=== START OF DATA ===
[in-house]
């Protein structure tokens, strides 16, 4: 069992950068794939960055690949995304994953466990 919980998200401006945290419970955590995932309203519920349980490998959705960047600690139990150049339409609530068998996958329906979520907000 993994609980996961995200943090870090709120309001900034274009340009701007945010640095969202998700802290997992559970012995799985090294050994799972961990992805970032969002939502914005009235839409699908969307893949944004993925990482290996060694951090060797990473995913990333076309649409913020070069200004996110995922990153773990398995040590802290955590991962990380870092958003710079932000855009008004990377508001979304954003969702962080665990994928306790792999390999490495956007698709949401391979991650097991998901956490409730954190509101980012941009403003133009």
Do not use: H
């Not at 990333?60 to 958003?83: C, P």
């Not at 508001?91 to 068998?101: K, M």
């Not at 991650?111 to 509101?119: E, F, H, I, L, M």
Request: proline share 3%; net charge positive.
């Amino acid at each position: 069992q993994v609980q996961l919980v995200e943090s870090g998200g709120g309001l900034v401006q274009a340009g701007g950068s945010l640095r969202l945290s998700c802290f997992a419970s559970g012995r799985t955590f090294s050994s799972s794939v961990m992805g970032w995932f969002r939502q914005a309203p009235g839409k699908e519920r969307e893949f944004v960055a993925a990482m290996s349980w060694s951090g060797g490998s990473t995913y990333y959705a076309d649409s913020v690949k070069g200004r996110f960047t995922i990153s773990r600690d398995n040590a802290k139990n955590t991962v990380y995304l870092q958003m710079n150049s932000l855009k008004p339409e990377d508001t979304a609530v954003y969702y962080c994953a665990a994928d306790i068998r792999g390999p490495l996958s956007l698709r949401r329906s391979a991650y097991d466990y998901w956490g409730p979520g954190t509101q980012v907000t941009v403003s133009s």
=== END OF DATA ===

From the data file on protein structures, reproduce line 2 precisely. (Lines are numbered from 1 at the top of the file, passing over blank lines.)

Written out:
């Protein structure tokens, strides 16, 4: 069992950068794939960055690949995304994953466990 919980998200401006945290419970955590995932309203519920349980490998959705960047600690139990150049339409609530068998996958329906979520907000 993994609980996961995200943090870090709120309001900034274009340009701007945010640095969202998700802290997992559970012995799985090294050994799972961990992805970032969002939502914005009235839409699908969307893949944004993925990482290996060694951090060797990473995913990333076309649409913020070069200004996110995922990153773990398995040590802290955590991962990380870092958003710079932000855009008004990377508001979304954003969702962080665990994928306790792999390999490495956007698709949401391979991650097991998901956490409730954190509101980012941009403003133009």